Guidelines on good practice in the provision of impartial IAS Services can be found here:

Quality Standards for Services Providing Impartial Information, Advice and Support

All IAS Services have access to high quality, independent legal training accredited by the Solicitors Regulatory Authority.


What does the IASS Network do?

The Information, Advice and Support Services Network (IASS Network) provides training and support to local Information Advice and Support (IAS) Services across England. The IASS Network was previously known as the National Parent Partnership Network (NPPN), who undertook a similar role with local Parent Partnership Services. The IASS Network is funded to provide this support by the Department for Education (DfE). As a network to service providers we do not provide any direct support and advice to children, young people or parents. You can find out more about our work by clicking here.


I work with children with SEND and would like to link in with my local IAS Service, how can I do this?

IAS Services are expected to have good local knowledge of services relevant to disabled children and young people, and those with SEN, and their parents. They are also expected to signpost onto local services when appropriate. If you would like to discuss working in partnership with your local service please contact them directly.


Are IAS Services the same as Parent Partnerships Services (PPS)?

Not exactly. IAS Services have taken over from Parent Partnership as the main provider of IAS to parents in a local authority. However, unlike PPS, IAS Services also provide IAS directly to children and young people, and are expected to cover social care and health information, as well as education.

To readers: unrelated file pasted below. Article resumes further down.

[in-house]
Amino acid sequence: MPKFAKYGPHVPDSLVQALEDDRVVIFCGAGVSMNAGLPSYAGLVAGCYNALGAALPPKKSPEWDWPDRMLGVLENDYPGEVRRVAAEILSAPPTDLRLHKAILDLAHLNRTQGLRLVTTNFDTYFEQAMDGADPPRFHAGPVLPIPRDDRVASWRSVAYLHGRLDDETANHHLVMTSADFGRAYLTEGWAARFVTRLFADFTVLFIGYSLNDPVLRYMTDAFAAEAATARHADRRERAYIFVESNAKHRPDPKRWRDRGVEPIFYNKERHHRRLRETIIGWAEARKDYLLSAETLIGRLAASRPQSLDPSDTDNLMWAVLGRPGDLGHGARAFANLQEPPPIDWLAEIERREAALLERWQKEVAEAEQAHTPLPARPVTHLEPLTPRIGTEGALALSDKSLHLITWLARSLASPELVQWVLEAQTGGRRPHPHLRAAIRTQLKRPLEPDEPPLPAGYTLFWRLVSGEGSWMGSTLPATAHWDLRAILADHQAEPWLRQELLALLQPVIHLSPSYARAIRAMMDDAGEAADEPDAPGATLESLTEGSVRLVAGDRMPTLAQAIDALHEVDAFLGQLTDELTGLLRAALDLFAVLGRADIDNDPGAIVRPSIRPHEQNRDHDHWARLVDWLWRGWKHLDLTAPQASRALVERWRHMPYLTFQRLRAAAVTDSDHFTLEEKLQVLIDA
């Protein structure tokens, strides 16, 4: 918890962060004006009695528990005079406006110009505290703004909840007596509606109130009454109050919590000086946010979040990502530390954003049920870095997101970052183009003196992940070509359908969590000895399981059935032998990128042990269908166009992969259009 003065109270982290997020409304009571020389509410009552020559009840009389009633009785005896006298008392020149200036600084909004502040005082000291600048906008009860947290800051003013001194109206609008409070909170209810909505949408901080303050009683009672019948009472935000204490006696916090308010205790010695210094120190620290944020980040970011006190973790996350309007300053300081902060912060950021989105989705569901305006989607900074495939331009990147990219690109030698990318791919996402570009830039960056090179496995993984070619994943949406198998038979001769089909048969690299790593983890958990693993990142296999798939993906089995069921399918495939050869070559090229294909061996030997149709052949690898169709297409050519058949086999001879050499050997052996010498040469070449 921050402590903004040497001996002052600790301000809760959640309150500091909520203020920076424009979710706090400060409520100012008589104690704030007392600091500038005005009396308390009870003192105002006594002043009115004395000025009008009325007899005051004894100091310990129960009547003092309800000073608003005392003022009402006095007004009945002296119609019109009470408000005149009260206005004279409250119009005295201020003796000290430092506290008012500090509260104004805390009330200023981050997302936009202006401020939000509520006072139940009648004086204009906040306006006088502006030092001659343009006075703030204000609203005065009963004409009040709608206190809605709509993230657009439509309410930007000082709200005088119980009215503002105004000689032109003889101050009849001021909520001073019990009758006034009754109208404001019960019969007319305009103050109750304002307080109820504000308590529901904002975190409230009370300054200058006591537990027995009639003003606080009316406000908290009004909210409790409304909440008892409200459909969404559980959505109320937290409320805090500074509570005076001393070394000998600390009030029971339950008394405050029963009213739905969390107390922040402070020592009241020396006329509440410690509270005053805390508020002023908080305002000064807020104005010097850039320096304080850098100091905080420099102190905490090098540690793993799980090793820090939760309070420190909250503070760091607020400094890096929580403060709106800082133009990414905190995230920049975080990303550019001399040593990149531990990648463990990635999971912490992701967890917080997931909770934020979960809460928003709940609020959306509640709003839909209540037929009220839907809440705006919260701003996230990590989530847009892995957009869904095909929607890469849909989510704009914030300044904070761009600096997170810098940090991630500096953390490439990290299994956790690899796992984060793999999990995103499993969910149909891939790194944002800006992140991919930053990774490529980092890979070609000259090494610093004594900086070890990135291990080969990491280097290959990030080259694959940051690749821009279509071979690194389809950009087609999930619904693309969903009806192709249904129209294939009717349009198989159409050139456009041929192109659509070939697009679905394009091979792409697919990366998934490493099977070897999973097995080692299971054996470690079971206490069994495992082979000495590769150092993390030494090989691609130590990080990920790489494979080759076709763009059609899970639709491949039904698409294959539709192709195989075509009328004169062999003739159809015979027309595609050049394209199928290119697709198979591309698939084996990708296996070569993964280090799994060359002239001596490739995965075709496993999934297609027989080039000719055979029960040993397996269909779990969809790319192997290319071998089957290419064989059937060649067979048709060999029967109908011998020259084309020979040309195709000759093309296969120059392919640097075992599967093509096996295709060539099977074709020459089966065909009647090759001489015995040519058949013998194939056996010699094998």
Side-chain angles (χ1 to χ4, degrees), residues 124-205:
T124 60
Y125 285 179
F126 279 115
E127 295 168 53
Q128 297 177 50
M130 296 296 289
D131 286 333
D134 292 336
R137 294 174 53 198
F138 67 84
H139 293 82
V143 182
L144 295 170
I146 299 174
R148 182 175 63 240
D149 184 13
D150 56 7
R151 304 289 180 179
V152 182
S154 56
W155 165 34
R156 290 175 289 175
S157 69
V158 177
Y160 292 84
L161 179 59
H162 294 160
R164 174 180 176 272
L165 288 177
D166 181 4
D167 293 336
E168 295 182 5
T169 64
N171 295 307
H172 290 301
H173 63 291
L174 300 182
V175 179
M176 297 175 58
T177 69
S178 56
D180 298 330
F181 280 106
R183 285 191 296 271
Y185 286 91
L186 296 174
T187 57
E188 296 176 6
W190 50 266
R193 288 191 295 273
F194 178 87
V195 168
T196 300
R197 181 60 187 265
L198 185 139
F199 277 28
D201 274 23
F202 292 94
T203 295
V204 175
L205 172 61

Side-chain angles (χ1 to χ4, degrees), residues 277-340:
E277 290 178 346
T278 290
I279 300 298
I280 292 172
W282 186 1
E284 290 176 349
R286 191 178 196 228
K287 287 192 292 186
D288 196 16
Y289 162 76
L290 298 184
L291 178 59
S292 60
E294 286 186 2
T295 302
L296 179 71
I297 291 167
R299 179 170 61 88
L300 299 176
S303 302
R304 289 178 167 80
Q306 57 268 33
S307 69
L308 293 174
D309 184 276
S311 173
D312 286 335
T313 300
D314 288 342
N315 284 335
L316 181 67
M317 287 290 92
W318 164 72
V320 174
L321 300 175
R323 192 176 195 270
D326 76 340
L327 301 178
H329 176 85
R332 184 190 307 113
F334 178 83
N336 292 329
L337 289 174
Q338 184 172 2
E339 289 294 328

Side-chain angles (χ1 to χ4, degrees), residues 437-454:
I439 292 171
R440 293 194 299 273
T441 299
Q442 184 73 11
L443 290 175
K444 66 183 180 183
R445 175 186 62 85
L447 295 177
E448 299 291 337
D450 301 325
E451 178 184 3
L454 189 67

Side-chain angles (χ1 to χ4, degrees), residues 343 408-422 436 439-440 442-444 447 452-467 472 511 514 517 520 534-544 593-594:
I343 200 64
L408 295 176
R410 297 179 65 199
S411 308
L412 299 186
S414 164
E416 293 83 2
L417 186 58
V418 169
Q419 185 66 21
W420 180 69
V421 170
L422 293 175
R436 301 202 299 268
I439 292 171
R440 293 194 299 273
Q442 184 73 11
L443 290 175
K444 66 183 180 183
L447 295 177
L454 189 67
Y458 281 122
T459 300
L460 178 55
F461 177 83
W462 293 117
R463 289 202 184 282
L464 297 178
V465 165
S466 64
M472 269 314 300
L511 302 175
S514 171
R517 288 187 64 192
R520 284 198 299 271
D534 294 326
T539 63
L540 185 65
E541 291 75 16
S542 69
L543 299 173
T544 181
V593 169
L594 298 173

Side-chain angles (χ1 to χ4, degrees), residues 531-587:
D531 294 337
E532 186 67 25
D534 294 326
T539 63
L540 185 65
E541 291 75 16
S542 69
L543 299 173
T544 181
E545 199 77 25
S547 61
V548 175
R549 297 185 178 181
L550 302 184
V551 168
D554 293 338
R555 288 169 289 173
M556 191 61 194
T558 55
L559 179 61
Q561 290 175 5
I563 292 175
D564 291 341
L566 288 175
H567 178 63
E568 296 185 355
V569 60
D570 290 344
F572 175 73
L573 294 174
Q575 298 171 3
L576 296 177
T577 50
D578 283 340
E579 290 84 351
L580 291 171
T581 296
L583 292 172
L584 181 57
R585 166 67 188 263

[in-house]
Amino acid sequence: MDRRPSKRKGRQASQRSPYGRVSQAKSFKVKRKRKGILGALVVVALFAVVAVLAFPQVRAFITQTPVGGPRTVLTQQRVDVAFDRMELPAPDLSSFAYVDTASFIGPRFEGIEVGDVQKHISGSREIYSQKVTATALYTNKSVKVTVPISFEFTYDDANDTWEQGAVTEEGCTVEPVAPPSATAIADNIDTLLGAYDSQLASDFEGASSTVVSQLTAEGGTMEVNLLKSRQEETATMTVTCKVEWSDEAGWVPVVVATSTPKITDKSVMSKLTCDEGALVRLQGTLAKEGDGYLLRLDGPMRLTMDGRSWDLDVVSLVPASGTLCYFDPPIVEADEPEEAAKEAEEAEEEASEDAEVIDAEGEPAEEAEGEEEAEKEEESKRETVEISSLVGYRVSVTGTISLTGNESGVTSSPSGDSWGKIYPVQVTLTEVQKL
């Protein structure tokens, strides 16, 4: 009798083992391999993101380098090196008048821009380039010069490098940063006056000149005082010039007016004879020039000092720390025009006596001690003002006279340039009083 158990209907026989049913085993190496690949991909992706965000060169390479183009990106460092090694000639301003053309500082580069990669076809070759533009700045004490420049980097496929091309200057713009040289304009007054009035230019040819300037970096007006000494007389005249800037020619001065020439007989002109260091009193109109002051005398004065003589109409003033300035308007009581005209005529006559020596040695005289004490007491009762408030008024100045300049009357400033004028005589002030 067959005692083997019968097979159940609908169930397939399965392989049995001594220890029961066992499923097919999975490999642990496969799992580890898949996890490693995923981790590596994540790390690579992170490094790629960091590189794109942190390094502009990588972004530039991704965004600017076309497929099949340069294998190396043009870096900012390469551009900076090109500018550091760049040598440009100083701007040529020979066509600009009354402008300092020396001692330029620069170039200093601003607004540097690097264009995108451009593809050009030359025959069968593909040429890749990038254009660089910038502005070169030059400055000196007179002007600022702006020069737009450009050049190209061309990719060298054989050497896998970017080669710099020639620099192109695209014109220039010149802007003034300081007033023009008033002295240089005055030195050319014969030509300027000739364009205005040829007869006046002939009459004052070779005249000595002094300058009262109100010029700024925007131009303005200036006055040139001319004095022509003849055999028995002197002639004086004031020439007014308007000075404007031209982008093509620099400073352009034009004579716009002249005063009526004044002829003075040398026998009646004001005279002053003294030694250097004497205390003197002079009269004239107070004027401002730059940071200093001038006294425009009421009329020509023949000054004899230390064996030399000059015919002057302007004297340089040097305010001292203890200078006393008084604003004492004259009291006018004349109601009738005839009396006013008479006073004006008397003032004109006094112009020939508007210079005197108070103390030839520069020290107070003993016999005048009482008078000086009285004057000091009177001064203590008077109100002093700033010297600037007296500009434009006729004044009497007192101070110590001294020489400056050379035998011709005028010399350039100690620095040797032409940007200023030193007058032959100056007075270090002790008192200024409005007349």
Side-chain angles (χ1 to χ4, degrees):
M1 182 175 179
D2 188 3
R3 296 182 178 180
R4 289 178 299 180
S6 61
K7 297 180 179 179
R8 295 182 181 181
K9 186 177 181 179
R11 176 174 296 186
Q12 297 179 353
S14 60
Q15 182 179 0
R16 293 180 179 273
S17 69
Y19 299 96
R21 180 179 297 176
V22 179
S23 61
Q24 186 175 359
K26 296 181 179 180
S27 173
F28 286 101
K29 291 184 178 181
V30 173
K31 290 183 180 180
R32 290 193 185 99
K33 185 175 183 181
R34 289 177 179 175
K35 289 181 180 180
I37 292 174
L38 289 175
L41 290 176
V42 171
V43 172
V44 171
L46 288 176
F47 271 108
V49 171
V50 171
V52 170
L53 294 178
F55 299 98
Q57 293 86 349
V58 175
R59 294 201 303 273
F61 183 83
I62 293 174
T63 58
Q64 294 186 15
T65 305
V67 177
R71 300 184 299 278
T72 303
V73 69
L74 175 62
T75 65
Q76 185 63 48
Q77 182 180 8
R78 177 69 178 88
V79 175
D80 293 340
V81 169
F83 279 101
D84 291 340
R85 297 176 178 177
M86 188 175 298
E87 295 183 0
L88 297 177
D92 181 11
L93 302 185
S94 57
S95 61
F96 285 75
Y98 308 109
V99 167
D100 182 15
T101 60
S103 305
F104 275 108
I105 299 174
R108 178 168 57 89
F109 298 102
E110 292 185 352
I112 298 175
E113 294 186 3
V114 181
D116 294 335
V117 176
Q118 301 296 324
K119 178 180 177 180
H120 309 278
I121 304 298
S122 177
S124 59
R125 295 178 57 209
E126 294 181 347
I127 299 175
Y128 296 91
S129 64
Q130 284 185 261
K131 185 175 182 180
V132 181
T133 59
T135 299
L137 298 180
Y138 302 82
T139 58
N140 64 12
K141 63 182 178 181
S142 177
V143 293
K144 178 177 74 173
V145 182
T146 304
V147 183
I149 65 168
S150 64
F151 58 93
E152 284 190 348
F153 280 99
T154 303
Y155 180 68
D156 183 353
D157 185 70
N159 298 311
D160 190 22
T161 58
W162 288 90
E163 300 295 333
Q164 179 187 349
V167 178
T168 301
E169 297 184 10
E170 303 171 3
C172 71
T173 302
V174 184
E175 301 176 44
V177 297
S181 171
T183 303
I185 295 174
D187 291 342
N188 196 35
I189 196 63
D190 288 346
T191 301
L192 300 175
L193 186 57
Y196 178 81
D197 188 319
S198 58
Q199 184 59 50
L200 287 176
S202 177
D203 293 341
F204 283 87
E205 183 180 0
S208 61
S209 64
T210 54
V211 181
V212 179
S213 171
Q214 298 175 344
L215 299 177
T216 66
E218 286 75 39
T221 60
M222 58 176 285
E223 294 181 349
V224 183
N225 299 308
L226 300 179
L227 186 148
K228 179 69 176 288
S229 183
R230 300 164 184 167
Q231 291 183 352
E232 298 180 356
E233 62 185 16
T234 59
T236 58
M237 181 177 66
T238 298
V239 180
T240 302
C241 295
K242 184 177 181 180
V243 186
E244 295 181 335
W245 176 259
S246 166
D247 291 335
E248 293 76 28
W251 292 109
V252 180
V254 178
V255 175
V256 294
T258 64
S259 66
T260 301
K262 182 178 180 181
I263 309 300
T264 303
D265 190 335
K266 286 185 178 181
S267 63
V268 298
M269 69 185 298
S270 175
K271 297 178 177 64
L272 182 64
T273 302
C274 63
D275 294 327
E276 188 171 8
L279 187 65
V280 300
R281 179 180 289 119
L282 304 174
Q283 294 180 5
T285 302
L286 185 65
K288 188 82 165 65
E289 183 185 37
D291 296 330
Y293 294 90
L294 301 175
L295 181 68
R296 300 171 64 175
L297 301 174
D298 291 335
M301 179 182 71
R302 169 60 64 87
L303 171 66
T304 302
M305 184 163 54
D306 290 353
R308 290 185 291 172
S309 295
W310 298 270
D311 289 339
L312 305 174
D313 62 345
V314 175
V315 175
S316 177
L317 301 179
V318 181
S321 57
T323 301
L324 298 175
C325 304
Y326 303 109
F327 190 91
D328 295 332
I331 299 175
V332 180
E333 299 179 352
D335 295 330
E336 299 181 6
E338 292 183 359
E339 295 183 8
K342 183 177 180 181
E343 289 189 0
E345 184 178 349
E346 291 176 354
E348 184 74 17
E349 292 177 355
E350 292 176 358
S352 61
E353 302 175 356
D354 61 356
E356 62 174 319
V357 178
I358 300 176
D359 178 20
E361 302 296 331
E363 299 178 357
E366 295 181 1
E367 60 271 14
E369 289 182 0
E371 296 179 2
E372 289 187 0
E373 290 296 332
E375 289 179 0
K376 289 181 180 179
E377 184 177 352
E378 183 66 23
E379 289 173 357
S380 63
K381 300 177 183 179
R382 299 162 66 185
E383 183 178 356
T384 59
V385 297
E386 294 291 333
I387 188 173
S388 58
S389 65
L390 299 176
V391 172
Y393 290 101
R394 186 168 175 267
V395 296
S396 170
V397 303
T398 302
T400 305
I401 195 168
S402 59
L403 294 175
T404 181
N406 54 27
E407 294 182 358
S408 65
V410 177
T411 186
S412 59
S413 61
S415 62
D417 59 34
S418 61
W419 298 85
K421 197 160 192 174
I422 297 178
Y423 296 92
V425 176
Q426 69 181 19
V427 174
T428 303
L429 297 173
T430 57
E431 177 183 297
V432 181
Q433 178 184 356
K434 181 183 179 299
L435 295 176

What is the difference between IAS Services and Independent Supporters?

IAS Services are statutory services who are expected to provide information, advice and support to disabled children and young people, and those with SEN, and their parents. They are expected to provide IAS on subjects including local policy and practice, the Local Offer, personalisation, Personal Budgets, the law on SEN and disability, health and social care. For more information see What do IAS Services Do?, the IASS Network Quality Standards and Chapter 2 of the SEND Code of Practice.

Independent Support is a national government initiative launched in January 2014 designed to help parents and young people navigate through the Education, Health and Care (EHC) planning process. The programme will provide Independent Supporters in each local area as an additional resource for a time limited period to work directly with young people and the parents of children being assessed for an EHC plan. You can find more information about Independent Support here.


Do IAS Services provide training?

IAS Services can provide training to local professionals on matters related to SEND. Please contact your local service to discuss training needs/requests further.